A higher rate of Americans appears to take on medical debt as time passes, data shows, which can negatively impact individuals’ credit scores if they fall behind on payments.

But national credit-reporting companies Equifax, Experian and TransUnion announced in March that they were removing what they identified as nearly 70% of medical debt from credit reports as of July 1:

  • Paid medical debts won’t appear on consumers’ credit reports
  • Unpaid medical debts can’t be reported until one year after they go into collections, compared with 180 days (or six months) previously
  • Beginning in 2023, medical collections with balances below $500 will no longer appear on consumer credit reports
“​​This is a big, big deal,” Schulz says. “A huge number of people will see their credit scores rise when this debt leaves their credit report. Your mileage may vary, depending on the rest of your credit history, but this move has the potential to be a game-changer for people.”

According to a July report from the CFPB, about half of consumers who currently have medical collection tradelines on their credit reports should have seen those fall off because of the reporting changes. That differs from the nearly 70% figure from the credit-reporting agencies. Either way, this could potentially boost Americans’ credit scores.

As Schulz notes, a lower credit score can cost you thousands over the years and may even prevent you from meeting financial goals.

“Depending on your individual circumstances, a few points up or down can be the difference between rejection and approval for a loan,” he says.

Several states, including California, Maryland and New Mexico, have also recently enacted laws designed to provide more consumer protection around medical debt collection, which could help improve circumstances, too.

Medical debt not even across regions, races, more

Where you live can impact your likelihood of having medical debt. For example, here’s how things stack up in different regions, according to an April 2021 article highlighting data from the U.S. Census Bureau 2018 Survey of Income and Program Participation:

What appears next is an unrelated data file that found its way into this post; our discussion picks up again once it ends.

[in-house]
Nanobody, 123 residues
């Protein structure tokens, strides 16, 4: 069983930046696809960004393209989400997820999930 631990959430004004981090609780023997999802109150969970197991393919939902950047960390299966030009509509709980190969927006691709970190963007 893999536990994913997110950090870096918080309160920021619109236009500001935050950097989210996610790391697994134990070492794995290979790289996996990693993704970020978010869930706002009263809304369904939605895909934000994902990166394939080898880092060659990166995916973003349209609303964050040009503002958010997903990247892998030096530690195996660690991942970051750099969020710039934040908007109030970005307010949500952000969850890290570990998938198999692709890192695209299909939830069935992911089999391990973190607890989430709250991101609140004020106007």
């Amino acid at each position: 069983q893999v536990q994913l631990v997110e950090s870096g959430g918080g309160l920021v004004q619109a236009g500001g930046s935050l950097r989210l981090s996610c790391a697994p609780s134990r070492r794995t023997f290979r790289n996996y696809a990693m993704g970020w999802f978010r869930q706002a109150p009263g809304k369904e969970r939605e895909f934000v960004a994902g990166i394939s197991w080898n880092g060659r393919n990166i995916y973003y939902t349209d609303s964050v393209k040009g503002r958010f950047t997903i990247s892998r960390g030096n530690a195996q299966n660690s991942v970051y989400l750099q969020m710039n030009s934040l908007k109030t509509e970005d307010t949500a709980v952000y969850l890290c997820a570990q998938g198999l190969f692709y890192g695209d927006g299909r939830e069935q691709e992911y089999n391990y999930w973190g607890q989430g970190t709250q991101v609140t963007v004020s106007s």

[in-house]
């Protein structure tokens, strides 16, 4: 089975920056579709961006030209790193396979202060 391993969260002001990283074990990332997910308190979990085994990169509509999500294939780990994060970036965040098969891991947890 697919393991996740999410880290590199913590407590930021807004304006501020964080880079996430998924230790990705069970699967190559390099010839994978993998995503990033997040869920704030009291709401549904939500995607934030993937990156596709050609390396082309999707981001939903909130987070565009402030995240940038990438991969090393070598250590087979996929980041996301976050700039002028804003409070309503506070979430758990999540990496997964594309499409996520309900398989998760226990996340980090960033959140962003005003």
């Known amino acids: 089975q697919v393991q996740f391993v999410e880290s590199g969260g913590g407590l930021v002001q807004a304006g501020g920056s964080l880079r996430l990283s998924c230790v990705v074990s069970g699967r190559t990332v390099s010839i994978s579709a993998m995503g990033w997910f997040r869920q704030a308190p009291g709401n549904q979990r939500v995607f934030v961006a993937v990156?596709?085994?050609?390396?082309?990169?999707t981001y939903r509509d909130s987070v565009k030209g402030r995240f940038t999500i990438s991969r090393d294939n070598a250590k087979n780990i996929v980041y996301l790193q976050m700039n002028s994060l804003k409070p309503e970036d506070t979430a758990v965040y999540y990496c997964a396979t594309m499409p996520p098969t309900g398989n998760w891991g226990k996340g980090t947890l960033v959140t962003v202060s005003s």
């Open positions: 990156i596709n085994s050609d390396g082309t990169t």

• Southern households: 22%
  • Midwestern households: 20%
  • Northeastern households: 16%
  • Western households: 15%

Interestingly, all but one of the states that has yet to expand Medicaid are in the South or the Midwest. And the average medical debt in those states that didn’t expand dropped by 10% between 2013 and 2020. That’s compared with a 44% decrease in the states that expanded Medicaid. Access to Medicaid appears to be a strong factor here.

Race is another area where medical debt isn’t evenly distributed. For instance:

  • Black households with medical debt: 28%
  • Hispanic households with medical debt: 22%
  • White households with medical debt: 17%
  • Asian households with medical debt: 10%

The Census Bureau also found that 4% of households have “high” medical debt, defined as debt exceeding 20% of a household’s annual income. (For example, if you earn $50,000 a year, that would be at least $10,000 of medical debt.)

Of course, your health and insurance status have a large impact. For example, the figure for high medical debt jumps to 9% among households with at least one person in poor or fair health, as well as among households without full health insurance coverage. (This isn’t helped by the fact that almost half of those with medical debt purposely avoid care, as a 2016 Stanford study cited by the CFPB found.) Households without full health insurance (31%) are also almost twice as likely to have medical debt than those who are fully covered (16%).

How much Americans owe in medical debt

According to a 2022 Kaiser Family Foundation analysis of Census Bureau data, 6% of U.S. adults owe more than $1,000 in medical debt. And 1% of adults owe more than $10,000. For the most part, Americans aren’t being saddled with huge medical bills.

“That doesn’t mean that it isn’t worrisome,” Schulz says. “That debt is money you can’t put toward an emergency fund, retirement savings, a college fund or starting a small business. For others, it can make it difficult to put food on the table.”

Shopping around for more affordable options (hospitals are required to provide fee schedules for services, as of 2021), using in-network providers when possible and ideally having some savings can help prevent you from taking on medical debt.

But if you do find yourself in that situation, there are options. For example, nonprofit hospitals are required to provide financial assistance to patients.

“If you’re struggling with debt, consider negotiating your bill with your medical provider,” Schulz says. “There’s no guarantee that it will work, but if it does, the savings can be significant. You can also ask if there is an interest-free payment plan available.”

Sources

  • LendingTree survey fielded in May 2022
  • Consumer Financial Protection Bureau (CFPB) report on “Medical Debt Burden in the United States,” published in February 2022
  • 2018 U.S. Census Bureau Survey of Income and Program Participation (SIPP), highlighted in an April 2021 Census Bureau article and released in August 2020
  • Peterson-KFF Health System Tracker article on medical debt